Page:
"There are no strings on me."
Well, it is time for the Summer of Marvel and today we start with Marvel's most recent release, Avengers 2: Age of Ultron. Now, I am still a bit too stuck in the post-theater viewing HOLY-COW-THAT-WAS-AWESOME-MOOD to give it a truly discerning and honest evaluation, but I will give it my best go. But, in short: It is well-worth the $10 to see it.
So, let's get this thing started!
SPOILERS!: Though I will avoid giving some big spoilers for the movie, there are some pretty big spoilers for Captain America: Winter Soldier, but if you read Andrew's review then you should be mostly fine, however there are some things he left out.
The movie opens with all the Avengers attacking one of the last HYDRA outposts in Sokovia to retrieve Loki's scepter (don't ask). They succeed but run into two twins, Pietro and Wanda Maximoff, Quicksilver and Scarlet Witch in the comics, who have the powers of super-speed and telekinesis/telepathy/give people weird visions/dreams, respectively. They don't do much here aside from Pietro knocking Hawkeye off his feet and Wanda giving Tony a vision of the rest of the Avengers dead, which causes him to make some rather stupid decisions throughout the rest of the movie.
The Avengers grab the scepter and bring it back and the Avengers decide to hold a party to celebrate a successful victory. In the meanwhile, Stark and Banner decide to use some of the tech they picked up at the HYDRA base to develop an AI called Ultron, which will be used to create a shield to protect the earth from another alien invasion. Oh, and they do this without telling the rest of the team.
So, the party goes well with the audience learning about the various. Thor and Stark,
The revelries die down and people disperse as the gang plays a (hilarious) contest of "Who can pull Thor's hammer" until things are rudely interrupted by an Ultron who has awoken, become sentient, whacked Tony's computer butler JARVIS, and now wants to do something evil that involves destroying the Avengers. He fights them, they destroy his current robot body but he has plenty of other ones and leaves the Avengers Tower and joins up with the Maximoff twins who hate Stark.
So the Avengers must hunt him down and stop him from remaking the world "better".
Again, I still can't give a completely discerning view of this but let me give it a shot. I don't think it is quite as good as the original but that is more because the original was ground-breaking in the way it brought together a group of characters from different movie series and threw them together. But it still works, albeit with a few glitches.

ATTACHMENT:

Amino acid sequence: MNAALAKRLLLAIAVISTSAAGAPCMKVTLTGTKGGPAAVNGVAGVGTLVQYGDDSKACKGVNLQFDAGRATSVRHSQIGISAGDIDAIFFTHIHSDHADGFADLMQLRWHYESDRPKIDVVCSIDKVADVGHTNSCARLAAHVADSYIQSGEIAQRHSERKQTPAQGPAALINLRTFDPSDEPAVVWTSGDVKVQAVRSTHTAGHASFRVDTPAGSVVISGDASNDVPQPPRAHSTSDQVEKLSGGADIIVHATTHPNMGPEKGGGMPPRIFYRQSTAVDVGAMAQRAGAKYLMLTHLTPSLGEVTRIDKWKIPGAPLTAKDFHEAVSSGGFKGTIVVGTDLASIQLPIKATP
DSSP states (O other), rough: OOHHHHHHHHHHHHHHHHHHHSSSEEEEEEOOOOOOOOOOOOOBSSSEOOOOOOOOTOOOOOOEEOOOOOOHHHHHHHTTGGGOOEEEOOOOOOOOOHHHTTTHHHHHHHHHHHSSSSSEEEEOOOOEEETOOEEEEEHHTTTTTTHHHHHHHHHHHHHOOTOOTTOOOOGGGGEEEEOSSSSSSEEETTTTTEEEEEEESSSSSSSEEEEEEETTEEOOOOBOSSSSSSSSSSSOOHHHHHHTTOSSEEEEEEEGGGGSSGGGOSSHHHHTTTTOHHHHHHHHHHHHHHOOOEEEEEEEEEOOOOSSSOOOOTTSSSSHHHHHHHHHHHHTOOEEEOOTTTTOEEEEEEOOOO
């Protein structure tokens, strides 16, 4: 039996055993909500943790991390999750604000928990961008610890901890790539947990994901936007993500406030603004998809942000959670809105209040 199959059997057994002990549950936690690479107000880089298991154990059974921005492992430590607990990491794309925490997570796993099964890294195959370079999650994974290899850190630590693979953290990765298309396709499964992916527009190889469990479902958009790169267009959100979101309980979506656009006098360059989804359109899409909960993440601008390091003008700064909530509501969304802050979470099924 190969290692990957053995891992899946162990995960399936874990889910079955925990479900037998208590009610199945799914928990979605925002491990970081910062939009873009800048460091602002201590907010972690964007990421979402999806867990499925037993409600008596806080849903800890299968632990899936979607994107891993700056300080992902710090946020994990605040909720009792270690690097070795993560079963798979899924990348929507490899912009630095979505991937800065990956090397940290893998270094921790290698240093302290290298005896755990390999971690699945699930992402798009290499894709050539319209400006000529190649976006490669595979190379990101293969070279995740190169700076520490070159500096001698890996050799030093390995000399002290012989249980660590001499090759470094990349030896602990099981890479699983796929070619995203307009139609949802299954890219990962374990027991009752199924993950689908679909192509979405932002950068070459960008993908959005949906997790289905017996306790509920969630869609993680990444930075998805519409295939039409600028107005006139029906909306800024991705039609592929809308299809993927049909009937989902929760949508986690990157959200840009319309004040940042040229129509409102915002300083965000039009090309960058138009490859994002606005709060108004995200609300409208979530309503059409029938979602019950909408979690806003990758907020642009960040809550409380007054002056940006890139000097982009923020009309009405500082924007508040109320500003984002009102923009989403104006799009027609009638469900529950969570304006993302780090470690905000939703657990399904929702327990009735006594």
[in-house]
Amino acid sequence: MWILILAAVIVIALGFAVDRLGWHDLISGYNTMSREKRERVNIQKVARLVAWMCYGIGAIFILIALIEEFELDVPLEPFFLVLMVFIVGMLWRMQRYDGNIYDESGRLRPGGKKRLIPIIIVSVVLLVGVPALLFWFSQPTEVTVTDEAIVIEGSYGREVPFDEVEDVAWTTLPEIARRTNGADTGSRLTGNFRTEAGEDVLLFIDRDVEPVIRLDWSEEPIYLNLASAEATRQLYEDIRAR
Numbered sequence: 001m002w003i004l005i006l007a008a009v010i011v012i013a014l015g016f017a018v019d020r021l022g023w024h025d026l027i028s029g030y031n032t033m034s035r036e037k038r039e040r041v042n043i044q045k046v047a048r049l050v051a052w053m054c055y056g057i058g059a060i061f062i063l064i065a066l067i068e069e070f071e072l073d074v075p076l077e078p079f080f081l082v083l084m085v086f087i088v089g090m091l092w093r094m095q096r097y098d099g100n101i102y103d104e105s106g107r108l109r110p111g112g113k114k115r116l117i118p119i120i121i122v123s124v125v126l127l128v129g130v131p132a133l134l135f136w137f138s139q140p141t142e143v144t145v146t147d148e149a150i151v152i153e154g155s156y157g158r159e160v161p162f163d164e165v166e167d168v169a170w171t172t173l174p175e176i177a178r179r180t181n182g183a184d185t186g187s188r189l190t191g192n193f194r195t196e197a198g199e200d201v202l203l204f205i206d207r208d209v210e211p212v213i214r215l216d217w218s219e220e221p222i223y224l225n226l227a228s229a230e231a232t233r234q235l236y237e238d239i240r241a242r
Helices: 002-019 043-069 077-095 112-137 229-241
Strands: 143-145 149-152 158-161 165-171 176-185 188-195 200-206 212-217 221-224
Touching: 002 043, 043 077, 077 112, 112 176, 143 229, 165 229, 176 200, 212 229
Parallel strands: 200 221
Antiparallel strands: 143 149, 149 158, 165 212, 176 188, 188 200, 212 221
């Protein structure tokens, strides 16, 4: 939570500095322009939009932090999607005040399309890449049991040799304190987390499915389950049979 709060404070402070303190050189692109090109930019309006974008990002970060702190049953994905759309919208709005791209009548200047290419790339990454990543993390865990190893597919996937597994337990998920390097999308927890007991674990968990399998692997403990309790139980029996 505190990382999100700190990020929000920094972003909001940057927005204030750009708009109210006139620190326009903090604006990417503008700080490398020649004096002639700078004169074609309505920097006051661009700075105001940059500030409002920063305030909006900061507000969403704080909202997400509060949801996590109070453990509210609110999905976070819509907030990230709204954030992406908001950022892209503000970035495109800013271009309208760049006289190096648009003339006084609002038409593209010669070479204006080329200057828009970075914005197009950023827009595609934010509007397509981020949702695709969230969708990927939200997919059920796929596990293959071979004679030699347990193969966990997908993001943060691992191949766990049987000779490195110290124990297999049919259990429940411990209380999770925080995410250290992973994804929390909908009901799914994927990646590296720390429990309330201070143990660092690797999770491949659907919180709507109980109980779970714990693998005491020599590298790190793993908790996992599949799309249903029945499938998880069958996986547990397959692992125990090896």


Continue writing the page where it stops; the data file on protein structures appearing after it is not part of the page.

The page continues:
The humor here does not work quite as well as it did in the first one. That's not to say there aren't moments when it doesn't work, it works 90% of the time but it falls flat a few times. The biggest example being when Tony and Thor are discussing their respective girlfriends, comparing their successes in their respective fields in a game of "My girlfriend is cooler than your girlfriend." Yeah, its boring.
But for the most part, the humor still works.
Some characters, especially Clint and Natasha are given a tad more development and backstory. Clint has a family and a farm and we learn a bit more about what Natasha went through when she was being made into the Black Widow, both from her dreams and her dialogue with Banner.
On the subject of Banner and Natasha, that is one part of the movie I am still not sure wether I think it is a stroke of genius or a truly terrible decision. Its not that the actors have terrible chemistry or that they make a poor match, the movie does a good job
But enough with the negatives. The movie is a lot of fun. The fight scenes are cool. Ultron is a great villain, played brilliantly by James Spader, and actually providing some of the best jokes in the movie. His only flaw was that I could never really figure out his goal was or why he wanted to do it. Something about "changing humanity" involving destroying it. But he is not alone in the MCU in having a poorly-explains end-game and he is far from the worst in that regard.
There is another new character, Vision who, well, I can't say a whole lot about him because he didn't get a whole lot of screen time. But, what I did see showed a great deal of potential. A character who is deeply compassionate, probably more so than the rest of the Avengers, yet willing to do what is necessary to preserve life.
Now, the true highlight of the movie is the twins, Pietro and Wanda, performed by Aaron-Taylor Johnson and Elizabeth Olsen. They have a ying-yang quality, with Pietro being the funny, wise-cracking jokester and Wanda the darker, more serious one. Their chemistry is very good and they are quite likable. Also, their switch to the Avengers (let's face it, you knew that was coming) is played well enough that it feels rather naturally.
Interestingly, these two characters allow me to pass a much harsher verdict on the director, producers, and writers of Godzilla and the movie, itself. Why? Because in that movie you had two main characters, a husband and wife, played by the same two actors, who were unbelievably wooden and boring. Now, having seen those two actors play fun and at least moderately engaging characters, at least if given the right script and direction I can safely say it was not the fault of the actors but the director, producers, and writers of Godzilla.
So, there it is. A fun movie that, while not as quite as good as the first, still brings what a good popcorn movie needs: Fun.
Next Week: Iron Man (2008).